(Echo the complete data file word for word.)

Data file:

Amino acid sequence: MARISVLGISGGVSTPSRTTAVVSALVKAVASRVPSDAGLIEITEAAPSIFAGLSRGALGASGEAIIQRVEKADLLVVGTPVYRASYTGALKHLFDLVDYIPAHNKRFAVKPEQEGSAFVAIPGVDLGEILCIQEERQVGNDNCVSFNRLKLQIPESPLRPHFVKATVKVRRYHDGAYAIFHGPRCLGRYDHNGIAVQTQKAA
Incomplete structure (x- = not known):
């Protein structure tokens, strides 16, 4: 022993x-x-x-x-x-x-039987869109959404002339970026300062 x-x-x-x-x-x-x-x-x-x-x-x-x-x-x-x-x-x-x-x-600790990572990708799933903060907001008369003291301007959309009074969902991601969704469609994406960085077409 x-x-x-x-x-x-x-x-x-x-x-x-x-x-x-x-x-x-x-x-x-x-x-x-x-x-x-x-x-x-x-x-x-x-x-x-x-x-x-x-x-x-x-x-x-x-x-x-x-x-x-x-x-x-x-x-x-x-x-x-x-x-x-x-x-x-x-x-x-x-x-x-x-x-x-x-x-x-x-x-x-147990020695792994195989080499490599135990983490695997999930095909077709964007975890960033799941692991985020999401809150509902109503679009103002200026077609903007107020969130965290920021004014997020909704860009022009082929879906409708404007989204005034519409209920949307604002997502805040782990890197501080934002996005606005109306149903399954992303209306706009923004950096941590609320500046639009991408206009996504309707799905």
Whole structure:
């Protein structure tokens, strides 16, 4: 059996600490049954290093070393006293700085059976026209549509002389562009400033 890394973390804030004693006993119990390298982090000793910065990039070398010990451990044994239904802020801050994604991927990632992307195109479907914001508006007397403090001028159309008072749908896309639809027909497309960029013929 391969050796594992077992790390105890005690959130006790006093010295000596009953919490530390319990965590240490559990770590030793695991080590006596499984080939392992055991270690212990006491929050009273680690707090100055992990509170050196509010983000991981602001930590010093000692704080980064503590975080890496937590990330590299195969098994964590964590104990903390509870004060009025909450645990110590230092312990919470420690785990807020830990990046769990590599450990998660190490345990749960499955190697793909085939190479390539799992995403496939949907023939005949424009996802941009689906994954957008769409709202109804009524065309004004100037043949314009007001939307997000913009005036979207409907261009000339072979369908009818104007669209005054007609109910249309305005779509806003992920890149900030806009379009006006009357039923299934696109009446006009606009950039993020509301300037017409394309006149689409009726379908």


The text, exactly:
Amino acid sequence: MARISVLGISGGVSTPSRTTAVVSALVKAVASRVPSDAGLIEITEAAPSIFAGLSRGALGASGEAIIQRVEKADLLVVGTPVYRASYTGALKHLFDLVDYIPAHNKRFAVKPEQEGSAFVAIPGVDLGEILCIQEERQVGNDNCVSFNRLKLQIPESPLRPHFVKATVKVRRYHDGAYAIFHGPRCLGRYDHNGIAVQTQKAA
Incomplete structure (x- = not known):
């Protein structure tokens, strides 16, 4: 022993x-x-x-x-x-x-039987869109959404002339970026300062 x-x-x-x-x-x-x-x-x-x-x-x-x-x-x-x-x-x-x-x-600790990572990708799933903060907001008369003291301007959309009074969902991601969704469609994406960085077409 x-x-x-x-x-x-x-x-x-x-x-x-x-x-x-x-x-x-x-x-x-x-x-x-x-x-x-x-x-x-x-x-x-x-x-x-x-x-x-x-x-x-x-x-x-x-x-x-x-x-x-x-x-x-x-x-x-x-x-x-x-x-x-x-x-x-x-x-x-x-x-x-x-x-x-x-x-x-x-x-x-147990020695792994195989080499490599135990983490695997999930095909077709964007975890960033799941692991985020999401809150509902109503679009103002200026077609903007107020969130965290920021004014997020909704860009022009082929879906409708404007989204005034519409209920949307604002997502805040782990890197501080934002996005606005109306149903399954992303209306706009923004950096941590609320500046639009991408206009996504309707799905």
Whole structure:
């Protein structure tokens, strides 16, 4: 059996600490049954290093070393006293700085059976026209549509002389562009400033 890394973390804030004693006993119990390298982090000793910065990039070398010990451990044994239904802020801050994604991927990632992307195109479907914001508006007397403090001028159309008072749908896309639809027909497309960029013929 391969050796594992077992790390105890005690959130006790006093010295000596009953919490530390319990965590240490559990770590030793695991080590006596499984080939392992055991270690212990006491929050009273680690707090100055992990509170050196509010983000991981602001930590010093000692704080980064503590975080890496937590990330590299195969098994964590964590104990903390509870004060009025909450645990110590230092312990919470420690785990807020830990990046769990590599450990998660190490345990749960499955190697793909085939190479390539799992995403496939949907023939005949424009996802941009689906994954957008769409709202109804009524065309004004100037043949314009007001939307997000913009005036979207409907261009000339072979369908009818104007669209005054007609109910249309305005779509806003992920890149900030806009379009006006009357039923299934696109009446006009606009950039993020509301300037017409394309006149689409009726379908």